This is the moment when the writer feels they have nailed it.  The characters, who were misbehaving, have worked with the writer to reach an ending that satisfies them both. There are probably a list of things that need tweaking and the writer is quite looking forward to starting the rewrites.

4. The Realisation that what they have Written is Utter Rubbish.

This comes for the writer somewhere between the third and thirty-third rewrite. They are so close to the story now that they can’t tell whether it is any good or utter rubbish. They can’t understand why they ever thought they could write, or that writing this book was a good idea. At this point cleaning the oven looks like a viable option. (It is a good idea to have a supply of chocolate ready).

5. The Acceptance

This is the acceptance that what they have written will never be never be perfect, but they have written it to the best of their ability with their current writing craft skills. If the writer is very lucky, this stage will be followed by the actual acceptance of the book for publication.

At which point the writer will go through another five stages during the editing process. (This post was written because my husband found me tearing my hair out in stage 4).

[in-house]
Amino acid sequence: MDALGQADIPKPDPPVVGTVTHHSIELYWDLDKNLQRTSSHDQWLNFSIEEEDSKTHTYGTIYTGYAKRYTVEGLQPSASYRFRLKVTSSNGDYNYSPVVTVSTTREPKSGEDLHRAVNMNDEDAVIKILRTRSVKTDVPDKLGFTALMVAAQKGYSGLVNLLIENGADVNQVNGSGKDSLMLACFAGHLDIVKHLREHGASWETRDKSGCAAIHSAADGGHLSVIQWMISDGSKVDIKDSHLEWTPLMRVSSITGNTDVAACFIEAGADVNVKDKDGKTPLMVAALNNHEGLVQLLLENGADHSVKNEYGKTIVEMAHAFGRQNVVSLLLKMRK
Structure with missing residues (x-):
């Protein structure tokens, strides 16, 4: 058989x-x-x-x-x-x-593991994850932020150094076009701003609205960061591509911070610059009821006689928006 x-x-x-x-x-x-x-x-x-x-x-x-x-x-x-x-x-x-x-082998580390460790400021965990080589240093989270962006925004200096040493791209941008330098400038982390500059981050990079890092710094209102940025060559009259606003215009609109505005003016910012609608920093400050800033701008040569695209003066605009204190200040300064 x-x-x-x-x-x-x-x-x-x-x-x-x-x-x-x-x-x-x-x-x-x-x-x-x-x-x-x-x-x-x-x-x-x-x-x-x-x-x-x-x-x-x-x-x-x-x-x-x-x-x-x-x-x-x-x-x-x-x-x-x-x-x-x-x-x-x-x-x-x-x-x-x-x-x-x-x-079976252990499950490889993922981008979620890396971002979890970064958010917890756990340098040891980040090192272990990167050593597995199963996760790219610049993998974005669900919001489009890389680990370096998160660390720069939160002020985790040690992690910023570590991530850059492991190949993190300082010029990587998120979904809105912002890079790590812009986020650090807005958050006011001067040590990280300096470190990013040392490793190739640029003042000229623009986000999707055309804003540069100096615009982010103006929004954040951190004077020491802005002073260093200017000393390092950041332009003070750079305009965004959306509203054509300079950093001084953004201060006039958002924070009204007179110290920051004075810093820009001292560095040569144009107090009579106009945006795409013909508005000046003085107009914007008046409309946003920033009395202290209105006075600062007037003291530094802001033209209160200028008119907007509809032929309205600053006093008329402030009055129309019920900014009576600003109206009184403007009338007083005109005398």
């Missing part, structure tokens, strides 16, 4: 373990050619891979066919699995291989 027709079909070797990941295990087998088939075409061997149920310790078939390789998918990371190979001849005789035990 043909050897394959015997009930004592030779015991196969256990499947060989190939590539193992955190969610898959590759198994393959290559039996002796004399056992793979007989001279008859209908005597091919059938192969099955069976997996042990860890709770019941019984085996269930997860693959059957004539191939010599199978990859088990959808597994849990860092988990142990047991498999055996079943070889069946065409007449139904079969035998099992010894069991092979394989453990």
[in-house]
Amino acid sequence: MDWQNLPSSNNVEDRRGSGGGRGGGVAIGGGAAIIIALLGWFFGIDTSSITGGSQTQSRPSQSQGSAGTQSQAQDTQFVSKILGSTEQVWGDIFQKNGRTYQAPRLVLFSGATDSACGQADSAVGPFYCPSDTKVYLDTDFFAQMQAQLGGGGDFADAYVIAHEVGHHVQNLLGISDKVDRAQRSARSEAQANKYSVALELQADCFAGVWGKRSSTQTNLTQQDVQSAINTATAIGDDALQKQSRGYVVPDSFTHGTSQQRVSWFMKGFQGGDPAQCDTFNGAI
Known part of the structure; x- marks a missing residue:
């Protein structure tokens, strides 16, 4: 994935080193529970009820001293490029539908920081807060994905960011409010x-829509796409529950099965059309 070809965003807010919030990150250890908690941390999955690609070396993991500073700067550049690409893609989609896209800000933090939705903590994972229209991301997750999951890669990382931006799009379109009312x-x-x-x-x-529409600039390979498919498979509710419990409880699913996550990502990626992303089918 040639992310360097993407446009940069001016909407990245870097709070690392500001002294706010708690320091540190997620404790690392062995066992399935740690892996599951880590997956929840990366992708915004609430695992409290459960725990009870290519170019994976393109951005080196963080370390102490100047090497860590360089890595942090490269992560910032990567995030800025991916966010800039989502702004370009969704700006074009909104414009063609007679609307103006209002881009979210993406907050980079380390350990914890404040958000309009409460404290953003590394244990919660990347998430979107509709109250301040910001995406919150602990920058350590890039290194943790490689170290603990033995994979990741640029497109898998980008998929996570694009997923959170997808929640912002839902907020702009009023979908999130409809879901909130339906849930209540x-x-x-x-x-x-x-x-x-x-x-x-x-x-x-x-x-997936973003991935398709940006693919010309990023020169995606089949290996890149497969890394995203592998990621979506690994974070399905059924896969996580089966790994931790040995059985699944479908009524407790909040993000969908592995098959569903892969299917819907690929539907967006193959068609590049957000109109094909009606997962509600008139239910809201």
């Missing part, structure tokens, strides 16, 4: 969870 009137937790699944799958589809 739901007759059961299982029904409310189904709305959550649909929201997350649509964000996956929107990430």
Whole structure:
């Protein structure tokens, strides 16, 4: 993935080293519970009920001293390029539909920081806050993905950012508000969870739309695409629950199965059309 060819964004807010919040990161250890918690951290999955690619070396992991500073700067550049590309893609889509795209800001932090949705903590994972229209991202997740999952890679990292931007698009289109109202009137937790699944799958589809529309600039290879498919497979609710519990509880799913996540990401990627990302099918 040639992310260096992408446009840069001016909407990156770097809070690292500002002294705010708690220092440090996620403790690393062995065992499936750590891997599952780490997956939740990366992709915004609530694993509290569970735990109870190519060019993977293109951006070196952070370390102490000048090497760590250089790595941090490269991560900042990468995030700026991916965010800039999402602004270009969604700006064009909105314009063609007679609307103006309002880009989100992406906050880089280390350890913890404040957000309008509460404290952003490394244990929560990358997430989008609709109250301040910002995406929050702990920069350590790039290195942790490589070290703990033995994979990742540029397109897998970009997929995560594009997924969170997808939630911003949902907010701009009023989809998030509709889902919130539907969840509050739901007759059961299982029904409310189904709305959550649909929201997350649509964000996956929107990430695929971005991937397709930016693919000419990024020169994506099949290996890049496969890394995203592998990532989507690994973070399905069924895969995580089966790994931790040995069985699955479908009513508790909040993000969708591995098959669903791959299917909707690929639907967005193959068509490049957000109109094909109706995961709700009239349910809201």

Sound familiar?


I’m going to Contuum 7  in Melbourne a few weeks time, where I’m supposed to be the local GoH (a gesture I appreciate, I like being thought of as ‘local’… but I have no Australian publications (or even nominations in the local awards), yet.  So that seems a little unfair to well, people who have). Anyway, the die is cast and I’m going.  Among the panels I am on is this one ‘Copyright Law:  how is it broken and how can we fix it?’

Now I am not sure we can fix it (for some reason they won’t let me march out the legal departments of Hollyweird, their accountants and all their lobby-pet pollies and hang them all out of hand, which would improve many things, methinks. They won’t even let hang a few as token, to set an example… It would fix  the problems in copyright instantly. )

  But I am damty sure it is badly bent if not utterly broken.